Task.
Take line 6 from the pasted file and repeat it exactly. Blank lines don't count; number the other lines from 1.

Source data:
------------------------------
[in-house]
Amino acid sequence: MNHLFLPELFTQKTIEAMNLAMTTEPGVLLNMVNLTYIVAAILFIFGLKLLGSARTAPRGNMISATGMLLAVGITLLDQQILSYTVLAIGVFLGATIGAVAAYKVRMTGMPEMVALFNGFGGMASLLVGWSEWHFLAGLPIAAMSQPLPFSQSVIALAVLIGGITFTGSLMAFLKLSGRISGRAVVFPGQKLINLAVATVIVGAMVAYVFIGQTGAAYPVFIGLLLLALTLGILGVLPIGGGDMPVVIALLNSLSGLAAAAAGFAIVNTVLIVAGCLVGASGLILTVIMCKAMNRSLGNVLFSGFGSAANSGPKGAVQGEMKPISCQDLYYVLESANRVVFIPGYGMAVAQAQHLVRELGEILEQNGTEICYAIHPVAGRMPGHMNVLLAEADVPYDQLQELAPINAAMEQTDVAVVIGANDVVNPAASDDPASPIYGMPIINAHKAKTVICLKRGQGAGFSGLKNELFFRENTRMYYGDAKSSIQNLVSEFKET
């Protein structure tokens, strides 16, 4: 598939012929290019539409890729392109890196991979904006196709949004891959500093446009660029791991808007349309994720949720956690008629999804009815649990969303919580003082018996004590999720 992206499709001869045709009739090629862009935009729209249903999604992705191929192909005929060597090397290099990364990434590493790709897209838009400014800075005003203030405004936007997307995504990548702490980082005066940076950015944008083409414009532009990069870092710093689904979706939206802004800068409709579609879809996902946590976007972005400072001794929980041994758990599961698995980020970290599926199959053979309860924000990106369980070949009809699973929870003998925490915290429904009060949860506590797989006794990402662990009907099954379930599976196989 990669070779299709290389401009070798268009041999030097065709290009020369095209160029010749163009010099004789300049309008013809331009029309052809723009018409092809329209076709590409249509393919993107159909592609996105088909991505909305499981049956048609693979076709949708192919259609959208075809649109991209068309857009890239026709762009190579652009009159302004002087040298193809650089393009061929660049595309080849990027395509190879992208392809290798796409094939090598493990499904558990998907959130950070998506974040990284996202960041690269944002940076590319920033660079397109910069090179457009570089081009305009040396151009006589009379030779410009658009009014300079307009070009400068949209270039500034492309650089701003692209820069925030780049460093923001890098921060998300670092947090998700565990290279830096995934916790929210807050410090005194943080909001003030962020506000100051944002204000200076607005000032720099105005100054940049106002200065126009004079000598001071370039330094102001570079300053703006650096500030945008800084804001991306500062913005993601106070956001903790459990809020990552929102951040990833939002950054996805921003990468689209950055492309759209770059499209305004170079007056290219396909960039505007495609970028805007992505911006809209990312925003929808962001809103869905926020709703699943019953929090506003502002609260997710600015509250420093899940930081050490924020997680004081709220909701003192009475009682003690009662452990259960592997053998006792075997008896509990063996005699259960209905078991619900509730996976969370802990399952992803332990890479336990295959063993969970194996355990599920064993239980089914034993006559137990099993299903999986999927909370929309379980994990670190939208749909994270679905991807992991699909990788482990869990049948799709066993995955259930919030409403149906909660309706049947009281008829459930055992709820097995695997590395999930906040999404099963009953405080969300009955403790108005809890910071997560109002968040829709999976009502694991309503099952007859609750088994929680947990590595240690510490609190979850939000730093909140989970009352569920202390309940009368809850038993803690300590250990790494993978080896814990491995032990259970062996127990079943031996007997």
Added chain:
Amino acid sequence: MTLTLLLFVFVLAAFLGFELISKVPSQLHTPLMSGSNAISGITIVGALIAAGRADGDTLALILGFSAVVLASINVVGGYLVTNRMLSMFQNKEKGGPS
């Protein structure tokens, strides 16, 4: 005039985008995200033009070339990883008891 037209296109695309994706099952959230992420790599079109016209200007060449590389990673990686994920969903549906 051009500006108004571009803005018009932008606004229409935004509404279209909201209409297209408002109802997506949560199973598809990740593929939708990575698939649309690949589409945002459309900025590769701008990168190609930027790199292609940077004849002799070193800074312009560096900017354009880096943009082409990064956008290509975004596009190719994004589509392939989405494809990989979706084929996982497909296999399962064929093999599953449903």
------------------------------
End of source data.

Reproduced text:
């Protein structure tokens, strides 16, 4: 005039985008995200033009070339990883008891 037209296109695309994706099952959230992420790599079109016209200007060449590389990673990686994920969903549906 051009500006108004571009803005018009932008606004229409935004509404279209909201209409297209408002109802997506949560199973598809990740593929939708990575698939649309690949589409945002459309900025590769701008990168190609930027790199292609940077004849002799070193800074312009560096900017354009880096943009082409990064956008290509975004596009190719994004589509392939989405494809990989979706084929996982497909296999399962064929093999599953449903």